I believe the cheaper rubber mask is about $20 and a box of the filters is about $10 for 5 pair. This style fits well under my welding hood, and is comfortable enough to wear when welding, grinding and wire wheel de-rusting.
I get mine at Hagemeyer, and if you call 502-961-5930, Mike Morrison can set you up with the right part numbers. Tell him you want the same quicklatch Jeff the blacksmith likes.

A side note or two. No respirator works well with facial hair. All respirator of the unpowered filter type put additional strain on the heart and pulmonary system. All reusable respirators need frequent cleaning, and a clean storage system. A tupperware container is just the thing.

Another great item from A.O. Safety is the low profile hearing protector muffs with the behind the neck band. Comfortable(the only ones I can stand to wear) and they fit under most weld hoods and dont interfere with face shields etc.
ptree - Wednesday, 05/16/07 20:08:13 EDT

ptree-- Many thanks! I will check it out. The Willson has a lot going for it, I just don't think it works totally. Some crud still getting into the schnozzola. Should do better than that for what it costs. A friend with a motorized ($700) rig-- he looks like a beekeeper with a scuba hose-- who uses it for woodworking says only such equipment as that can really be effective. Unsee any way that could possibly fit under a welding helmet.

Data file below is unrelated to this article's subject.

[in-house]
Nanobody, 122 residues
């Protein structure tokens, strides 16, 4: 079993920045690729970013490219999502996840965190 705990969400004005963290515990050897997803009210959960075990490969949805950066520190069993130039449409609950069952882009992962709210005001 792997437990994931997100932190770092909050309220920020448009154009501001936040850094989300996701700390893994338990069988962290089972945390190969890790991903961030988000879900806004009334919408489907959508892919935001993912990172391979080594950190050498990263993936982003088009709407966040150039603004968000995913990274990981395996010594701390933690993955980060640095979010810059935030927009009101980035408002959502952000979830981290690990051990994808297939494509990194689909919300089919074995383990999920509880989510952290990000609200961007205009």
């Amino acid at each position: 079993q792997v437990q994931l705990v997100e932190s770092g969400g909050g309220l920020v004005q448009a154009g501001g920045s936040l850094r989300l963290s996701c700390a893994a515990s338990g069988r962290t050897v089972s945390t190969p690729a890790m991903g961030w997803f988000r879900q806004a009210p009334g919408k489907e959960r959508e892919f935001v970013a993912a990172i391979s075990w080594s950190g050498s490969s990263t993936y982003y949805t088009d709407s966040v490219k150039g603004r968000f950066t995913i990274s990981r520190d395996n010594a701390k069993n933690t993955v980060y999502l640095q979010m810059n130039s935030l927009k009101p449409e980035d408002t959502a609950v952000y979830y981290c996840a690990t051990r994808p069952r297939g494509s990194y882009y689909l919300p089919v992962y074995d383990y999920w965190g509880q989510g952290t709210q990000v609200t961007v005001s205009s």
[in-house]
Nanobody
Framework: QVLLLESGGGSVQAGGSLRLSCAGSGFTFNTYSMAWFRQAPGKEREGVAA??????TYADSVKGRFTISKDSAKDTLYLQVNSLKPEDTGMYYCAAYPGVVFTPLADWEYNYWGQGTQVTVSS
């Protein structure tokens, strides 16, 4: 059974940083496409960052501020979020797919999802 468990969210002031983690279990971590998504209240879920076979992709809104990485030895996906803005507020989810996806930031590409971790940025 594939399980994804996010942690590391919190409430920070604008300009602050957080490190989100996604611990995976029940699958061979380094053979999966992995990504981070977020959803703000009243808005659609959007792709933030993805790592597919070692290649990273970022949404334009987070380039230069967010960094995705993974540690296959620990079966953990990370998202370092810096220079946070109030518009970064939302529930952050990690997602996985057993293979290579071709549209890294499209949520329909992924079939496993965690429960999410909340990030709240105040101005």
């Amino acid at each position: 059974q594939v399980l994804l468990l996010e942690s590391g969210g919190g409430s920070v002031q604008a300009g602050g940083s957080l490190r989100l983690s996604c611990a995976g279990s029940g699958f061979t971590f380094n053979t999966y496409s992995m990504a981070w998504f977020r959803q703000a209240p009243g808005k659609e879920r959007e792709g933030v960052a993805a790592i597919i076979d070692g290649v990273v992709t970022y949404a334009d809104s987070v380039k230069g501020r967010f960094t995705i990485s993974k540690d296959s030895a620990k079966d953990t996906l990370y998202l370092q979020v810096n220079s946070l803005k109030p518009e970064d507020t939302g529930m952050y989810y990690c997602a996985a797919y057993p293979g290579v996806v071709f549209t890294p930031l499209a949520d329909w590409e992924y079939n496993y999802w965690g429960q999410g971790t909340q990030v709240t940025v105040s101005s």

Miles Undercut - Wednesday, 05/16/07 21:18:32 EDT

PP Welding helmets: Jackson and others make positive pressure (also called supplied-air) welding helmets, Miles. They're in the $900 range, but boy, are they ever nice and cool when the weather is ot and you're welding all day long! The only drawback is either dragging around the air line or wearing the battery/blower pack on you belt. For some jobs though, there is really no substitute.